Duct tape. Fast food. Credit cards. Fad diets.
If there is one thing we love as a society, it is quick fixes.
The temporary solutions that fail to address or resolve the much bigger problem. Not only do we love quick fixes, but we also love avoidance. When one quick fix fails, we seek out another one rather than doing anything to address the actual source of the issue.
I know because I was the queen of quick fixes. I used alcohol as my duct tape. It fixed everything for me. It was the balm for my anxiety, my companion on international business trips. I used it for relaxation, for courage, to be social, for romance. I could always, always find a reason to drink. If there was a problem, I was going to use alcohol to fix it.
Until my nightly wine habit became the problem. I had a slew of quick fixes for that too. Taking breaks from alcohol. Limiting the number of drinks I could have. Being the designated driver. Drinking water between glasses of wine. Not drinking until after 6 p.m. and stopping by 9 p.m.
All my quick fixes did was teach me how to drink faster or in larger quantities than before. My solutions were broken.
Why is it that we’re drawn to these quick fixes when we know that they do nothing for us long-term? That fast-food burger might get us through the next hour or two, but we know that, all too soon, our body will be sounding the alarm that it needs real, nutritious, and fortifying food.
Why would I go back to the wine to relax when I knew that ultimately it was causing my stress and my anxiety? Why do we insist upon exhausting every shortcut before we even think of addressing the elephant in the room?
From one-click purchases to same-day delivery—we are accustomed to getting what we want when we want it. Quick fixes are more satisfying on an immediate level. They make us feel as if we’re doing something about it. We notice a difference right away.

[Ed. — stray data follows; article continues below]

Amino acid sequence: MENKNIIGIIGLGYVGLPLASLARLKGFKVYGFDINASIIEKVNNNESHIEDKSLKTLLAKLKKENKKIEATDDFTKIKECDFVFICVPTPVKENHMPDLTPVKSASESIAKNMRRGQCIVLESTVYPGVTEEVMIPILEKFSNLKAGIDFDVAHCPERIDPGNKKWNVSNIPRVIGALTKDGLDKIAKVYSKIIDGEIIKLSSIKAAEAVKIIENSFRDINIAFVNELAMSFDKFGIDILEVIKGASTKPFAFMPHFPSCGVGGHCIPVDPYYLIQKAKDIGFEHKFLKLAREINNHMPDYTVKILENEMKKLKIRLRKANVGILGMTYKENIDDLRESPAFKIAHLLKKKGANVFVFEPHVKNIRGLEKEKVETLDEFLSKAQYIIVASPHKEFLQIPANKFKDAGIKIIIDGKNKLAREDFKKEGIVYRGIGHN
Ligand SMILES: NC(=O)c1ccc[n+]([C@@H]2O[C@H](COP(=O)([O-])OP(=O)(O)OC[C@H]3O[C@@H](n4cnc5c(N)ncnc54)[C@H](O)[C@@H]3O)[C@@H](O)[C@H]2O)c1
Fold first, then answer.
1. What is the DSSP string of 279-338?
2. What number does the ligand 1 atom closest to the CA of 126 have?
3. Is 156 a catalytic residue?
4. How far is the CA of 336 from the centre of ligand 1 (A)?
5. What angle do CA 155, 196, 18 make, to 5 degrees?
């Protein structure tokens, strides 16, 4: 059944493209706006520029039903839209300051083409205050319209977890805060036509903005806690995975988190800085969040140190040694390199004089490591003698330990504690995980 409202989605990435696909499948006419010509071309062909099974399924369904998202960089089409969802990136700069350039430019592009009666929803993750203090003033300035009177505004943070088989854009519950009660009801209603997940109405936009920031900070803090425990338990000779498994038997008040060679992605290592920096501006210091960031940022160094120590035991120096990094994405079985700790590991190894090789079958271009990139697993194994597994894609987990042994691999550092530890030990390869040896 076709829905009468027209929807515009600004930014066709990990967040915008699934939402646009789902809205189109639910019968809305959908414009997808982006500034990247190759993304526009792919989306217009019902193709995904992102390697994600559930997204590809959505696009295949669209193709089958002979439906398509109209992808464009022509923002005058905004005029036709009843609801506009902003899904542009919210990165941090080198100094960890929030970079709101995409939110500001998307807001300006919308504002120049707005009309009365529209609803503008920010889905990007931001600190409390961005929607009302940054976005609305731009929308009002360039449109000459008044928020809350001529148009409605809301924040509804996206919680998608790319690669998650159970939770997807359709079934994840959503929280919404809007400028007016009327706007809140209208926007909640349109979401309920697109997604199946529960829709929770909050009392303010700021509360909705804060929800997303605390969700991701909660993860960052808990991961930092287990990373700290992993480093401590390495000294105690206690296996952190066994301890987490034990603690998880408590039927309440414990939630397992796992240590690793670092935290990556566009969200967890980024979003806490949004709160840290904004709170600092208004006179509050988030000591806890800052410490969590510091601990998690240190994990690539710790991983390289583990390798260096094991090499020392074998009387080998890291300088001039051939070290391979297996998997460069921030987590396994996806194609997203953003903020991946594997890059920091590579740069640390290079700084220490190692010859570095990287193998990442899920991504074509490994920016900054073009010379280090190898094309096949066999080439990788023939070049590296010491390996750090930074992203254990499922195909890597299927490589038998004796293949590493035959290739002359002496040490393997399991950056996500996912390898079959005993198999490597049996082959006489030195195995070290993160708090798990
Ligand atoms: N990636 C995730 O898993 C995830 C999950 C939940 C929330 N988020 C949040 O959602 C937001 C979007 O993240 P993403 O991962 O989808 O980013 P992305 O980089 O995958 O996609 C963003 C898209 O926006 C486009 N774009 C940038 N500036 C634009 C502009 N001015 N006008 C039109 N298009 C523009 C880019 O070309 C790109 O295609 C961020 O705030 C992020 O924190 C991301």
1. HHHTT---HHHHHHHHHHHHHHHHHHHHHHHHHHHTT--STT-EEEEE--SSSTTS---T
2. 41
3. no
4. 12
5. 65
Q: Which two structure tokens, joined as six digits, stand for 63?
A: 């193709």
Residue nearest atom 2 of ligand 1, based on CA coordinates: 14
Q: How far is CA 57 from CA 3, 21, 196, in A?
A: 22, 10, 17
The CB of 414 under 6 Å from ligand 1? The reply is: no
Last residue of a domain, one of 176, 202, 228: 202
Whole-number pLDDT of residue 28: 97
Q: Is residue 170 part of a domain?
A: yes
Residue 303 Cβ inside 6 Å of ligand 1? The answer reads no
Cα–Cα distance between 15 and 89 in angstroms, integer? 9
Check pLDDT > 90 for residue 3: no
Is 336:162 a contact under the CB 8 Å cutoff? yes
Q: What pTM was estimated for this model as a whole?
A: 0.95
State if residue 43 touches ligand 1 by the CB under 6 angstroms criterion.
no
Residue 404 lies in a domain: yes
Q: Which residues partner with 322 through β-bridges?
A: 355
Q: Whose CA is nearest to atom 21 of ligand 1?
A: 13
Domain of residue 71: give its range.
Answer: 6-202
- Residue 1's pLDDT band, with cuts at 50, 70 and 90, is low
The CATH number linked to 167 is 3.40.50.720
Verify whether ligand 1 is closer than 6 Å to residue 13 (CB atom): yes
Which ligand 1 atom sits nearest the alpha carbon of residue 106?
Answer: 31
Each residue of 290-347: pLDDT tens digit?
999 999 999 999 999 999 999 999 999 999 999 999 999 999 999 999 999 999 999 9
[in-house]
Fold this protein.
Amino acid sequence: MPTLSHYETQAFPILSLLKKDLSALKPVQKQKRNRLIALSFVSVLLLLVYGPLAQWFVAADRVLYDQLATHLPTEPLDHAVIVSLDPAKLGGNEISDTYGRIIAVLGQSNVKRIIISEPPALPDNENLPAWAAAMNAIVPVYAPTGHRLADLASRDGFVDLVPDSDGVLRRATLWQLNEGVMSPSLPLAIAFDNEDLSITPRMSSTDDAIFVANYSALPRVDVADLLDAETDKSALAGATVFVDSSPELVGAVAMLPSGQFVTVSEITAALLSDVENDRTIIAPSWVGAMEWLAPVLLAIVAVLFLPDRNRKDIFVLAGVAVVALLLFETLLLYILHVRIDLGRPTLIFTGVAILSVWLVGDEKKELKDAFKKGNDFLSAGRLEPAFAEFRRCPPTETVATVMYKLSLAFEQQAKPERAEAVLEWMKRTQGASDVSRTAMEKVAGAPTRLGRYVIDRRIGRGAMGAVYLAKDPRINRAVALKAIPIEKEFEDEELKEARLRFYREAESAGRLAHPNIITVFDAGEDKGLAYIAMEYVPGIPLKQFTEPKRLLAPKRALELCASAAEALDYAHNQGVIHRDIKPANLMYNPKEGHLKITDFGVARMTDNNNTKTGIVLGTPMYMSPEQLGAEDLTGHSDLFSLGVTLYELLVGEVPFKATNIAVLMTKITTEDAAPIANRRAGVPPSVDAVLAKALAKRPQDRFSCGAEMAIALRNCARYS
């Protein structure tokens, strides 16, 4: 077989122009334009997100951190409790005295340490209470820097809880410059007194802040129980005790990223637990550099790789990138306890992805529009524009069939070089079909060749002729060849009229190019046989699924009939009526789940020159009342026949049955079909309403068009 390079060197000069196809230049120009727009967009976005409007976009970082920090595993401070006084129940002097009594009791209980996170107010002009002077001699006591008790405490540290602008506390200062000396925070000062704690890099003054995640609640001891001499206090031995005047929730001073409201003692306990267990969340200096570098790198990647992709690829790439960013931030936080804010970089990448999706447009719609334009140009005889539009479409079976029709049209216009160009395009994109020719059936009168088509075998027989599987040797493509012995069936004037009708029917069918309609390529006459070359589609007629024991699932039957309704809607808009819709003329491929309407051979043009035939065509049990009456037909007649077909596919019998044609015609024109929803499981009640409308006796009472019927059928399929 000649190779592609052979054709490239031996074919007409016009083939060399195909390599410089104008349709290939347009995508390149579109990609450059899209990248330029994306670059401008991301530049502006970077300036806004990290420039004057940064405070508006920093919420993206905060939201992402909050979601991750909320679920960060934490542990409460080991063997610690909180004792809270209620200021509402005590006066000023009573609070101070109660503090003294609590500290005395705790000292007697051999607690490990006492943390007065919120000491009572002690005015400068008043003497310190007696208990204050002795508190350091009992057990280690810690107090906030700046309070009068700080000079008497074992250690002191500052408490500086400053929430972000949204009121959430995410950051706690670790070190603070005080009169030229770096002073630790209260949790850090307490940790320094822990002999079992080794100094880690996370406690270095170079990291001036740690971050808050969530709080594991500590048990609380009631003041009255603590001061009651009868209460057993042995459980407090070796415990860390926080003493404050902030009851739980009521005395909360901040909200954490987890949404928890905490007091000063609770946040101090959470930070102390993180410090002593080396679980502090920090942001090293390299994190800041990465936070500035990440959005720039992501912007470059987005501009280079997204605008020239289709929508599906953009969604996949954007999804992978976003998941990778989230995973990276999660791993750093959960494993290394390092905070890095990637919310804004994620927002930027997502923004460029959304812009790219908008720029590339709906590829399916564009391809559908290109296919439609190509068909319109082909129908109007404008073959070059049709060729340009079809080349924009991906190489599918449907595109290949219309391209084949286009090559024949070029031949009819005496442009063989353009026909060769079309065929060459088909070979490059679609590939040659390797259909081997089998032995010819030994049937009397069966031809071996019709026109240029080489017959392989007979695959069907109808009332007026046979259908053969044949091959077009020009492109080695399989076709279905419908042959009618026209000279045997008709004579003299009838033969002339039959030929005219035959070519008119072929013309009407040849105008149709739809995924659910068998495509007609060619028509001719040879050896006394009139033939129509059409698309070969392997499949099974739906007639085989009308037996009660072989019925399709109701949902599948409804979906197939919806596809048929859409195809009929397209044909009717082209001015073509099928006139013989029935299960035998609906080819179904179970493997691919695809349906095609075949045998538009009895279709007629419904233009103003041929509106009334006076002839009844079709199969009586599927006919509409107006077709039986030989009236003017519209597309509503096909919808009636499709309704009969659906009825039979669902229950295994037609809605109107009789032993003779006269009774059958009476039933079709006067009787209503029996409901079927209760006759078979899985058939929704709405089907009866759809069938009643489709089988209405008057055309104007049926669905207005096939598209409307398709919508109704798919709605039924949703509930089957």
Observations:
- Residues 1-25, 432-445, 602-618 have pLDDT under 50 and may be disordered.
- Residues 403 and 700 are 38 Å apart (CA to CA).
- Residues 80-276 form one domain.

What we fail to notice is the additional amount of damage our quick fixes are creating when they fail and we pick back up exactly where we left off.
When it comes to excessive behaviors, it takes the average person 10 years to go from the onset of the issue to actually addressing it. A decade. Once again, I know because it was true for me. I drank excessively for over a decade before I stopped searching for quick fixes and actually started planting seeds of change.
Real growth and real change are hard. There are very, very few immediate payoffs. Instead, we find ourselves working the soil, establishing roots, fighting off pests, and all the other gardening analogies I could throw at you. The thing is, they are true. A seedling—which is what we all are at the beginning of the change process—is fragile. It must be protected and guarded closely.
The same goes for ourselves when we embark on a journey of creating lasting change, not a quick fix. Quick fixes are like a Chia pet—fast results but they die off quickly.
Creating lasting change is all about roots—finding and addressing the root problem, establishing roots and a foundation to create the change from, and rooting ourselves in all of the resources and tools available to us in order to not just grow but to thrive in any climate or condition.
Getting to the root of the problem may end up looking like a gardening project in reverse. You may need to peel through all the layers of the onion to get to the core. Quick fixes work on our timeline—we dictate how quickly we expect results. Lasting change has no timeline. It could take weeks, months, or years of questioning, discovering, and healing before you unearth the source of your discomfort.
The beauty is that once you do get to the source, it becomes the spring. It sustains you and allows you to grow, to flourish, and to expand into the world. No longer are you punishing yourself with solutions that create more problems.
While it is tempting to seek the immediate results a quick fix might bring, remember that duct tape eventually stops sticking and emergency repairs are always more expensive. We are the most important project we will ever take on.
Doesn’t it make sense to be patient and to approach the process with an abundance of devotion, love, compassion, and caring? You are worth the work. You are worth healing and you are worth loving. Don’t sell yourself short.
If you’re ready to stop looking for quick fixes in your relationship with alcohol and to begin working towards lasting change, join us in The Alcohol Experiment. It is forever free and has helped nearly 250,000 people take on a journey of growth and self-discovery.
Read 13 comments and reply